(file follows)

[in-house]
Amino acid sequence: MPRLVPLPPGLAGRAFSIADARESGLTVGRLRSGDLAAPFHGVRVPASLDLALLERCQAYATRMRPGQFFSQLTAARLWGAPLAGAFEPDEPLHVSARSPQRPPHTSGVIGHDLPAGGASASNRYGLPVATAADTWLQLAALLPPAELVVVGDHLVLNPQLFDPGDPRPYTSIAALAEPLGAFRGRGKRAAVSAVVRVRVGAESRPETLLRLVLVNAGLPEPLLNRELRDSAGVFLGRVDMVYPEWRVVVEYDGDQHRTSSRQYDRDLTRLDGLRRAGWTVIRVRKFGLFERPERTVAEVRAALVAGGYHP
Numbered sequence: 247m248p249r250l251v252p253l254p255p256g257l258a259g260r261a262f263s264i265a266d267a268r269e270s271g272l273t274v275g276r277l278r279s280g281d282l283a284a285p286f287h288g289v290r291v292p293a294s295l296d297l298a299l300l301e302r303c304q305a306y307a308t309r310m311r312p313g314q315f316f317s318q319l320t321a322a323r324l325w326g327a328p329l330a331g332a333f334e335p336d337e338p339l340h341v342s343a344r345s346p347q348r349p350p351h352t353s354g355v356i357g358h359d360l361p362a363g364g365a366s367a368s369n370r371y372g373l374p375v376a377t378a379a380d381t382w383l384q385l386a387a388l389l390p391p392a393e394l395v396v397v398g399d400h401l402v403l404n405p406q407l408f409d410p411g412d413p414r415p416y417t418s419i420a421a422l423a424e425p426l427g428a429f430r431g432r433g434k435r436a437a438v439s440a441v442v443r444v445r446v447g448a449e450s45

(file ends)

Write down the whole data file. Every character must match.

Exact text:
[in-house]
Amino acid sequence: MPRLVPLPPGLAGRAFSIADARESGLTVGRLRSGDLAAPFHGVRVPASLDLALLERCQAYATRMRPGQFFSQLTAARLWGAPLAGAFEPDEPLHVSARSPQRPPHTSGVIGHDLPAGGASASNRYGLPVATAADTWLQLAALLPPAELVVVGDHLVLNPQLFDPGDPRPYTSIAALAEPLGAFRGRGKRAAVSAVVRVRVGAESRPETLLRLVLVNAGLPEPLLNRELRDSAGVFLGRVDMVYPEWRVVVEYDGDQHRTSSRQYDRDLTRLDGLRRAGWTVIRVRKFGLFERPERTVAEVRAALVAGGYHP
Numbered sequence: 247m248p249r250l251v252p253l254p255p256g257l258a259g260r261a262f263s264i265a266d267a268r269e270s271g272l273t274v275g276r277l278r279s280g281d282l283a284a285p286f287h288g289v290r291v292p293a294s295l296d297l298a299l300l301e302r303c304q305a306y307a308t309r310m311r312p313g314q315f316f317s318q319l320t321a322a323r324l325w326g327a328p329l330a331g332a333f334e335p336d337e338p339l340h341v342s343a344r345s346p347q348r349p350p351h352t353s354g355v356i357g358h359d360l361p362a363g364g365a366s367a368s369n370r371y372g373l374p375v376a377t378a379a380d381t382w383l384q385l386a387a388l389l390p391p392a393e394l395v396v397v398g399d400h401l402v403l404n405p406q407l408f409d410p411g412d413p414r415p416y417t418s419i420a421a422l423a424e425p426l427g428a429f430r431g432r433g434k435r436a437a438v439s440a441v442v443r444v445r446v447g448a449e450s45